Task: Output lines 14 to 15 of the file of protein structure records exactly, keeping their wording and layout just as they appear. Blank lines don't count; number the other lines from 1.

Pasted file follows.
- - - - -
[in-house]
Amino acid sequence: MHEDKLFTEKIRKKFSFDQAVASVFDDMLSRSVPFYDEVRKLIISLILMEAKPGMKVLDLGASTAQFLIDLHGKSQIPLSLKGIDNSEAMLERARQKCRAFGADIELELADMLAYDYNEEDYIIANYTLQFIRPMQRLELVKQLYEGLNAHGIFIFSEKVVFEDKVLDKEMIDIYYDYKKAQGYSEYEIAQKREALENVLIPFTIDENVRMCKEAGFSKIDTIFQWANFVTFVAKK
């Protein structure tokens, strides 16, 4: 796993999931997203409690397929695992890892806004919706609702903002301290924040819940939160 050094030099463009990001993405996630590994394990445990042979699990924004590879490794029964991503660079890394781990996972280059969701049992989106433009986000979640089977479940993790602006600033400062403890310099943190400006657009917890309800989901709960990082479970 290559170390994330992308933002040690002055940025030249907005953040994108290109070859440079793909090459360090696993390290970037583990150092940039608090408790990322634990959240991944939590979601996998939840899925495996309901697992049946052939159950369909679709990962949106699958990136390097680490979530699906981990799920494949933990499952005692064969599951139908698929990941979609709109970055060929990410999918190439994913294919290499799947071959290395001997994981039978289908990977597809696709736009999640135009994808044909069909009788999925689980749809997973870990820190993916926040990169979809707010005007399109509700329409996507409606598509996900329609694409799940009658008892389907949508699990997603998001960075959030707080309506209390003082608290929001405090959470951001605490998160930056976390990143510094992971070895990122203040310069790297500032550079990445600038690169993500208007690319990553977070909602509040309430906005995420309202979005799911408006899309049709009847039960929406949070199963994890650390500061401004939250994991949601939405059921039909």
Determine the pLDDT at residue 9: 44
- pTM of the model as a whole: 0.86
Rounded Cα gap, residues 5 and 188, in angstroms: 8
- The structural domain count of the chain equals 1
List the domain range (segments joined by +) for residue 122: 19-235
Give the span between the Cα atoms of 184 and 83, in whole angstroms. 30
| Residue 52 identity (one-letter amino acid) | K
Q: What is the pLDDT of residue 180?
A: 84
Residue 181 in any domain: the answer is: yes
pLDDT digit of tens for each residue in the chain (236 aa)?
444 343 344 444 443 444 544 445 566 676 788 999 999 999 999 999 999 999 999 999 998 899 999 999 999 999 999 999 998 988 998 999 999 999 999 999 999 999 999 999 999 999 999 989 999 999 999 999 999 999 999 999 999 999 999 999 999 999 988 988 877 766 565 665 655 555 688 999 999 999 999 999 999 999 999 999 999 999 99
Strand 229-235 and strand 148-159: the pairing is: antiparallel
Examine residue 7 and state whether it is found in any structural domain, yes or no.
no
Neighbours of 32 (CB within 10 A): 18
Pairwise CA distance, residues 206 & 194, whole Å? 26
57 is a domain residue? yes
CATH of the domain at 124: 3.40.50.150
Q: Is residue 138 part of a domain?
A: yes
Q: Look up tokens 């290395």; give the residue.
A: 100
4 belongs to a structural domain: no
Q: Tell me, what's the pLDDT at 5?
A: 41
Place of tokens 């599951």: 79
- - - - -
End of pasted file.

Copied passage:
pLDDT digit of tens for each residue in the chain (236 aa)?
444 343 344 444 443 444 544 445 566 676 788 999 999 999 999 999 999 999 999 999 998 899 999 999 999 999 999 999 998 988 998 999 999 999 999 999 999 999 999 999 999 999 999 989 999 999 999 999 999 999 999 999 999 999 999 999 999 999 988 988 877 766 565 665 655 555 688 999 999 999 999 999 999 999 999 999 999 999 99